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“Our interiors, on the other hand, tend to dial up the level of decorative details, creating a very engaging visual environment. In this case, there are many more moldings than you’d expect to see. There’s layering as your eye moves up—paneling, beams on the ceiling—I like that there’s a little surprise inside.”
While the house is really just one-and-a-half stories high, “we exploited the full height of it inside,” says Harlan.
Within, everything is laid out according to use and hierarchy, he explains. The bedroom is as far away from the street as possible, on the side of the woods, so you can’t see inside from the street. There are levels of privacy, and separate sitting areas throughout. The great room is a study in colonial simplicity . . . but with every modern convenience (including a flat-screen TV hidden behind period cabinet doors). Clerestory windows are arranged near the vaulted ceiling to allow natural light into the space all day.
The kitchen is tidy, charming and practical, with a wood-topped island and countertops, commercial-grade appliances and Shaker-style cabinets. “They’re small things,” says Harlan, “but put them together and they increase the visual delight and practicality of the place.”
A bold apple-green palette prevails throughout, in the paneled walls, beams, window trim, cabinetry—and more than a few furnishings.
“We were thinking we’d go with a more subdued color—more tan-on-tan—but the client is comfortable with these shades, and in the end they worked out well,” says Veral. “We had to strike a balance since it is such a small space. We took the green from the paintings, and made it softer on the floor and in the fabrics.”
Contrasting pinkish reds provide punch, while patterns and texture liven things up. “They clearly love period furniture, so we used wood judiciously, in the farmhouse style,” says Veral. There’s a mix of antique pieces, reproductions, some things they brought from previous homes, and some bought new.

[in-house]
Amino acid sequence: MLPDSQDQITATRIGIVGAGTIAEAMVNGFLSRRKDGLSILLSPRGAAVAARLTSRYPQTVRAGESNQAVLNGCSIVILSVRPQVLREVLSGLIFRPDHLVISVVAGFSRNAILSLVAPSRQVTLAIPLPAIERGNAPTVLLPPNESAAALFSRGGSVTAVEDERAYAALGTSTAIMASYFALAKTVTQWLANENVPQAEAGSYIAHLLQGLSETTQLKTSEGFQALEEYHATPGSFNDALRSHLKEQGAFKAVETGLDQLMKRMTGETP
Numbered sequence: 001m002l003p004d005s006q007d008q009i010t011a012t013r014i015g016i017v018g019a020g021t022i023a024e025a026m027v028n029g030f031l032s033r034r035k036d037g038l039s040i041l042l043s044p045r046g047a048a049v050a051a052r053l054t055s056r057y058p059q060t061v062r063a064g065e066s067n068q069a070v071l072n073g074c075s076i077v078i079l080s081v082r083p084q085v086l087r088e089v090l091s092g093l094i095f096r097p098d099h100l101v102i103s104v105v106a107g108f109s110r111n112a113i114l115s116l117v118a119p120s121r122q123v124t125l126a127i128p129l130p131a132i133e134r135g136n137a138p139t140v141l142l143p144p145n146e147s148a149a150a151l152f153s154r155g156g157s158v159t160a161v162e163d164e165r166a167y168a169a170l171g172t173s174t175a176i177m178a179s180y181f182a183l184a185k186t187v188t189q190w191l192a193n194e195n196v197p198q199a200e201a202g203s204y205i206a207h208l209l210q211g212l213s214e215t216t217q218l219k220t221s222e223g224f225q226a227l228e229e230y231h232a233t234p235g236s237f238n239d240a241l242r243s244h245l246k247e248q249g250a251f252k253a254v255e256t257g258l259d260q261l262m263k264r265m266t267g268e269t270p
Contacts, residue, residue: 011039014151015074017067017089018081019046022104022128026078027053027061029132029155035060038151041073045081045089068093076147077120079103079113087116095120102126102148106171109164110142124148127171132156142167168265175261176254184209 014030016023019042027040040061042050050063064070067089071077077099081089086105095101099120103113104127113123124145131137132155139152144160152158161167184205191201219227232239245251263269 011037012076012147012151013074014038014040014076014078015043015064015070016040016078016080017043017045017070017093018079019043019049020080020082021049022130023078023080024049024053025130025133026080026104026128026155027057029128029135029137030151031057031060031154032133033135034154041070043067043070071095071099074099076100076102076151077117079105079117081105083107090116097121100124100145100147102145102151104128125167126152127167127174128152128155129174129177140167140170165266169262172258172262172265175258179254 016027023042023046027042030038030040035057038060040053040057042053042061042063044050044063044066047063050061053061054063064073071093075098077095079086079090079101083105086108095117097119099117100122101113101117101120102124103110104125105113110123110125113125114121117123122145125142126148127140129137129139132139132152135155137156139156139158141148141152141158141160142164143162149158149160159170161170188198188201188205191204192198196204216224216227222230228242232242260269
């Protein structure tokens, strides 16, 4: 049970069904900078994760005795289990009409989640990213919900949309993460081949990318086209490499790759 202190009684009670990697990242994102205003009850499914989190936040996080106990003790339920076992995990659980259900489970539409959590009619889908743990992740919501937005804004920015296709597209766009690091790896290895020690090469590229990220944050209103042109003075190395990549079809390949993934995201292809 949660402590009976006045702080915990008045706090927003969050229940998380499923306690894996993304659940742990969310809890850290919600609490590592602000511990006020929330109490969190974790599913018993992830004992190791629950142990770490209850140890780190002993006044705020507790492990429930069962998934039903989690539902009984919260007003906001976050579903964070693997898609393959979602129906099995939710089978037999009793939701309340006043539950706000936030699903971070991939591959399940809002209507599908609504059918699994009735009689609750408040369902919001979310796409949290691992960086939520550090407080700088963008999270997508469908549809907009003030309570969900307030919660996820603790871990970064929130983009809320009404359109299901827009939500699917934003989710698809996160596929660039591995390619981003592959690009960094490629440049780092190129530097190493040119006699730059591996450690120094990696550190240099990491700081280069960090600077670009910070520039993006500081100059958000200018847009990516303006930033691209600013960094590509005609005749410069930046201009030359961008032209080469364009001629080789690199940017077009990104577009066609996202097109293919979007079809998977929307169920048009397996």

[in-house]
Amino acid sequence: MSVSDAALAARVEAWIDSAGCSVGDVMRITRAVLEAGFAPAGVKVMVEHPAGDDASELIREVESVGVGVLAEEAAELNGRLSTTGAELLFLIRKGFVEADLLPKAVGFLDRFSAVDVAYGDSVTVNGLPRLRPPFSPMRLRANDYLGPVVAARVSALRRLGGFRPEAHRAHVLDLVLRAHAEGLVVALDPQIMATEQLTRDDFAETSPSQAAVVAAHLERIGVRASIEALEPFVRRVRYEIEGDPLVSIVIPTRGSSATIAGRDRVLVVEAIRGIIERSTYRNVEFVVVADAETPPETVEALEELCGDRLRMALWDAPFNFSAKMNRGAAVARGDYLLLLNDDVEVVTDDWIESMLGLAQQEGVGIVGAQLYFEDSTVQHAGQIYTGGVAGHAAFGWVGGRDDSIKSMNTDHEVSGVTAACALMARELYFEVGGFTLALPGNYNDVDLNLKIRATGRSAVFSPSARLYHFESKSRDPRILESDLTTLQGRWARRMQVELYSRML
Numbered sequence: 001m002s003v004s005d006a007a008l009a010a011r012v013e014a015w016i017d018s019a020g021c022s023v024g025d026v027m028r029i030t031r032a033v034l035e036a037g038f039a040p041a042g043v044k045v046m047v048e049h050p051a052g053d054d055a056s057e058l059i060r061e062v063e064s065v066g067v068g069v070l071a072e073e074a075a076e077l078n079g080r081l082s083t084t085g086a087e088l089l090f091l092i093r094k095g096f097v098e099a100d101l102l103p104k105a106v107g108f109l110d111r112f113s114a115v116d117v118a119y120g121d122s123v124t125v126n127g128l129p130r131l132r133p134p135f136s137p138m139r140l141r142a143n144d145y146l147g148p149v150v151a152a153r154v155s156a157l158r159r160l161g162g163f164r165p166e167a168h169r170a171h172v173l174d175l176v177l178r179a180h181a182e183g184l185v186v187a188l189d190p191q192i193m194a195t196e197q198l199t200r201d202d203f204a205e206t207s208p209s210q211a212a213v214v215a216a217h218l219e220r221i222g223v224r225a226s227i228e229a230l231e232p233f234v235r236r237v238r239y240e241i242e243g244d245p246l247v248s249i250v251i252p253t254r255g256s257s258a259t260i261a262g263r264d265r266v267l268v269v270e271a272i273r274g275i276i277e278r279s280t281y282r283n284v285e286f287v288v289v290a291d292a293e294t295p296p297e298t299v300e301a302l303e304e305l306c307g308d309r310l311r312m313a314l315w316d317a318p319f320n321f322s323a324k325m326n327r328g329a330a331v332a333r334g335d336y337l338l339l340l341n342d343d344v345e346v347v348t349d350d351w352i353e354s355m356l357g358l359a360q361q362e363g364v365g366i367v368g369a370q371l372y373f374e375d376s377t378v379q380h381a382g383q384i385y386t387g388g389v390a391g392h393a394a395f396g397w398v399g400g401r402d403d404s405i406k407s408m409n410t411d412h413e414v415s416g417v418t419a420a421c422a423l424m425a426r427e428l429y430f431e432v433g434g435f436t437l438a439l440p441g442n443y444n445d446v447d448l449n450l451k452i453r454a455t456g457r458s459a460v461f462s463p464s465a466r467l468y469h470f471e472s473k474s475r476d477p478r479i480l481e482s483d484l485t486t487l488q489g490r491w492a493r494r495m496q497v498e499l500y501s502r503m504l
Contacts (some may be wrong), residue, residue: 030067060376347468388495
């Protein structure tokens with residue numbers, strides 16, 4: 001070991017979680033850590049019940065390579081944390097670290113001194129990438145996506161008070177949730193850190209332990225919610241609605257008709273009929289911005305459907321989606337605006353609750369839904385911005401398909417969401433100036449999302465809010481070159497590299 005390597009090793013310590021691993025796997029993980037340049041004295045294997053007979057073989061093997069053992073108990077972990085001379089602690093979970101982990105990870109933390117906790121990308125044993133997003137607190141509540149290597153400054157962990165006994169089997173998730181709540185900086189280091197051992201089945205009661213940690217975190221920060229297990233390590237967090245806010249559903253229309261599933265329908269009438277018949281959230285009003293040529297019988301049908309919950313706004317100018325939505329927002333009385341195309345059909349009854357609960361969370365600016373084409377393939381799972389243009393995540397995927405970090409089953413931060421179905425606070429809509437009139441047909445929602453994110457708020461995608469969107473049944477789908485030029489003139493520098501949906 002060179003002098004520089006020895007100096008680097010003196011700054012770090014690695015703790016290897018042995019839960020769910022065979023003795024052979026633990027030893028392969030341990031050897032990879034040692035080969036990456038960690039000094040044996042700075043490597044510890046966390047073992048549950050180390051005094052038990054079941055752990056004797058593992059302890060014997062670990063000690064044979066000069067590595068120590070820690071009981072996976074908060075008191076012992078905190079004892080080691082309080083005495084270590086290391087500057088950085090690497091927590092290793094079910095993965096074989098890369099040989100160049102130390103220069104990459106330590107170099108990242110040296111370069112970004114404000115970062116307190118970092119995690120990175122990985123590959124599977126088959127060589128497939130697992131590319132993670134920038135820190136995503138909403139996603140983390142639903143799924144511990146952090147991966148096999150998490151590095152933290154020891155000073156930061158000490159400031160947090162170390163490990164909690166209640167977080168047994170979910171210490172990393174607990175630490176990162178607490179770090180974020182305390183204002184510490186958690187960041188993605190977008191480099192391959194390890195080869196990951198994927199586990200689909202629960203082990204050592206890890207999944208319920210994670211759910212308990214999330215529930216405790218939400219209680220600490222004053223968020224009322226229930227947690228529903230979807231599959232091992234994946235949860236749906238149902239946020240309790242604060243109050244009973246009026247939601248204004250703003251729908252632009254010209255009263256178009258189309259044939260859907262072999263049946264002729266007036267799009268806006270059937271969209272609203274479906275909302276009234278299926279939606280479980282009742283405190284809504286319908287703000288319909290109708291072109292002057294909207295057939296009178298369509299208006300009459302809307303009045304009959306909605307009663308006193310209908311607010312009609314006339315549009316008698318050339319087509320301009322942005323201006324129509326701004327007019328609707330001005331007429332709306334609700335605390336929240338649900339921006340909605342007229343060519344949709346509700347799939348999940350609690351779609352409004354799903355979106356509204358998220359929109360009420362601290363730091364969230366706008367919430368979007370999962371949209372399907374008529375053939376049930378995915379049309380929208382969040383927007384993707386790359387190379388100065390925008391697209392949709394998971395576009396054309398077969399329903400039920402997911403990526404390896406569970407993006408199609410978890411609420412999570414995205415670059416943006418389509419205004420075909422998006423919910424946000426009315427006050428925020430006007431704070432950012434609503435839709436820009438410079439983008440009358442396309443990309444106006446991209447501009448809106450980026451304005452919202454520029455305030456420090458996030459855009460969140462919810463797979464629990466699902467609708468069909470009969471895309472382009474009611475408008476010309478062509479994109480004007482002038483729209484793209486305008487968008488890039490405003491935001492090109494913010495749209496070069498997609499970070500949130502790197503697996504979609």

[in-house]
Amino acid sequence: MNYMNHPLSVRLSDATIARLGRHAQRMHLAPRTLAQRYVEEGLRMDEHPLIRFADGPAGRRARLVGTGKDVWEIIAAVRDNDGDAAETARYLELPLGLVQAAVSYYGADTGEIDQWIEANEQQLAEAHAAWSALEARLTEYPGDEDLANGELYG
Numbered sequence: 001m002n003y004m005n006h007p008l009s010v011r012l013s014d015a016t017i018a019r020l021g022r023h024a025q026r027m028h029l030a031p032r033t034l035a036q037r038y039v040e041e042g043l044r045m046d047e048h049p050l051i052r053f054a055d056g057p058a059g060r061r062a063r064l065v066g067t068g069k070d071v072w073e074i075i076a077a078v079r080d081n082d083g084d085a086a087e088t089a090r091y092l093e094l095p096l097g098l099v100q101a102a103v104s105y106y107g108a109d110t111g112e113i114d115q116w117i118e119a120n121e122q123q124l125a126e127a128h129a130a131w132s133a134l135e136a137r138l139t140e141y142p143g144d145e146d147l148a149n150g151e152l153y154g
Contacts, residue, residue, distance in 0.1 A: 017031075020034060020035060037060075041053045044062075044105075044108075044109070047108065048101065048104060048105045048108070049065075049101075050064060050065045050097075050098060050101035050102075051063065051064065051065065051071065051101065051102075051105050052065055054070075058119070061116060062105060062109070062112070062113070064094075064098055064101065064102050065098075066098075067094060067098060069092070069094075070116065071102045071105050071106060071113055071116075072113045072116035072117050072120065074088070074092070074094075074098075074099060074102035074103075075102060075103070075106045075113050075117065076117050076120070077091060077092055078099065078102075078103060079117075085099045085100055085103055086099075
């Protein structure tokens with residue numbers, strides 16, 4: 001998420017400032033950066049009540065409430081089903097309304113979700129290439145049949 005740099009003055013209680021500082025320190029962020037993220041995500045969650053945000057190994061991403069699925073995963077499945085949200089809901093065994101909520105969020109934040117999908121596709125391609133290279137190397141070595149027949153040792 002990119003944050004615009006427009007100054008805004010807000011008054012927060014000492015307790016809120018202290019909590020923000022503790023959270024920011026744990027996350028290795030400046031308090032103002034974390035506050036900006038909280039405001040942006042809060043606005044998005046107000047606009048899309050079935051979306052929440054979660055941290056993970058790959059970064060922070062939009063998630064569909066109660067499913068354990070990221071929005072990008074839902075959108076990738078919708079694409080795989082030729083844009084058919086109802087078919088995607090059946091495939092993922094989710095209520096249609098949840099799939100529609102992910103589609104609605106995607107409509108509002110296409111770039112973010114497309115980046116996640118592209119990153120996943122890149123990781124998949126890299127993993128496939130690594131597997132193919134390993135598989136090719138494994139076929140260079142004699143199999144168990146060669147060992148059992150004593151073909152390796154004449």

Encompassing a sitting area and dining nook, the enclosed porch (also known as the “morning room”) is located on the east side of the cottage, overlooking the main barn and the stone walls of the farmyard. It shares back-to-back fireplaces with the great room, affording a cozy warmth in the evenings or on wintry days.
The long and narrow bedroom is separated from its cheery dressing room/walk-in closet (with dozens of cubbies for easy storage), by a small bath.
The cottage may be new, but there are some vestiges of the past. The architect reused some of the original foundation, and cabinetry salvaged from the main house pantry was restored and reused to great effect in the laundry and mudroom.
The house’s overall mood—very much by design, says Veral—is one of comfort and ease. “The beauty of the cottage is its feeling of relaxation . . . we wanted it to be sweet and straightforward. As furnishings go, we weren’t looking for something permanent. It’s not that we didn’t choose fine pieces, but we knew it was going to be a guest cottage, so we weren’t looking for anything so precious that it would have to live with them forever.”
The Washburn jurors “got it.”
“The farmhouse metaphor was successfully rendered,” they wrote. “This is a distinctly Connecticut vernacular structure—complete with simplicity and modesty.”